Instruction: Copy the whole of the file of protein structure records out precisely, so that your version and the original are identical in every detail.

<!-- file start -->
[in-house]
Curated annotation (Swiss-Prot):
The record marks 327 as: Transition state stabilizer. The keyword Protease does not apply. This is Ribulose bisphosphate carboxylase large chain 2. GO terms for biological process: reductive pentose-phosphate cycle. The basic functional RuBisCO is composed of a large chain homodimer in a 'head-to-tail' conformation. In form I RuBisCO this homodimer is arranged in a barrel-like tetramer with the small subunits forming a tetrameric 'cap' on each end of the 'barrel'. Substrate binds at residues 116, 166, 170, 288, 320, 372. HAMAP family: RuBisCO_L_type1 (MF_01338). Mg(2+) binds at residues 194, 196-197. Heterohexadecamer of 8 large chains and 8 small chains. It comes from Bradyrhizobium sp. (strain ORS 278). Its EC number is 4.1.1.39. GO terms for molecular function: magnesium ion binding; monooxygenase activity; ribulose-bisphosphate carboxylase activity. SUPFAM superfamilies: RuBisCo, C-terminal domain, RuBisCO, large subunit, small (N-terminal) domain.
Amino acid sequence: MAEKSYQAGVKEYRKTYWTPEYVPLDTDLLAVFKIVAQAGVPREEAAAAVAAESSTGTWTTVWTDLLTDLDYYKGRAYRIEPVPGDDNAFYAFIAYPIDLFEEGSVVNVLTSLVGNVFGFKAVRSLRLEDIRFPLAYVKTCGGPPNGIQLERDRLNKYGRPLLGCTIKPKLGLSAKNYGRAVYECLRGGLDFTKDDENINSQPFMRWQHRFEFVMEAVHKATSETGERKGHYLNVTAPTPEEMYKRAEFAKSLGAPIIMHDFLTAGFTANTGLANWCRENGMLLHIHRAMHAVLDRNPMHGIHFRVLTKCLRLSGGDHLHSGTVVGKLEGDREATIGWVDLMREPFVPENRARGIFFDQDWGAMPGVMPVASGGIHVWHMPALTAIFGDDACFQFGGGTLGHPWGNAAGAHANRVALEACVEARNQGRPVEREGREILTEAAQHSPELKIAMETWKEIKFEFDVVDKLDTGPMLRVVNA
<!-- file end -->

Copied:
[in-house]
Curated annotation (Swiss-Prot):
The record marks 327 as: Transition state stabilizer. The keyword Protease does not apply. This is Ribulose bisphosphate carboxylase large chain 2. GO terms for biological process: reductive pentose-phosphate cycle. The basic functional RuBisCO is composed of a large chain homodimer in a 'head-to-tail' conformation. In form I RuBisCO this homodimer is arranged in a barrel-like tetramer with the small subunits forming a tetrameric 'cap' on each end of the 'barrel'. Substrate binds at residues 116, 166, 170, 288, 320, 372. HAMAP family: RuBisCO_L_type1 (MF_01338). Mg(2+) binds at residues 194, 196-197. Heterohexadecamer of 8 large chains and 8 small chains. It comes from Bradyrhizobium sp. (strain ORS 278). Its EC number is 4.1.1.39. GO terms for molecular function: magnesium ion binding; monooxygenase activity; ribulose-bisphosphate carboxylase activity. SUPFAM superfamilies: RuBisCo, C-terminal domain, RuBisCO, large subunit, small (N-terminal) domain.
Amino acid sequence: MAEKSYQAGVKEYRKTYWTPEYVPLDTDLLAVFKIVAQAGVPREEAAAAVAAESSTGTWTTVWTDLLTDLDYYKGRAYRIEPVPGDDNAFYAFIAYPIDLFEEGSVVNVLTSLVGNVFGFKAVRSLRLEDIRFPLAYVKTCGGPPNGIQLERDRLNKYGRPLLGCTIKPKLGLSAKNYGRAVYECLRGGLDFTKDDENINSQPFMRWQHRFEFVMEAVHKATSETGERKGHYLNVTAPTPEEMYKRAEFAKSLGAPIIMHDFLTAGFTANTGLANWCRENGMLLHIHRAMHAVLDRNPMHGIHFRVLTKCLRLSGGDHLHSGTVVGKLEGDREATIGWVDLMREPFVPENRARGIFFDQDWGAMPGVMPVASGGIHVWHMPALTAIFGDDACFQFGGGTLGHPWGNAAGAHANRVALEACVEARNQGRPVEREGREILTEAAQHSPELKIAMETWKEIKFEFDVVDKLDTGPMLRVVNA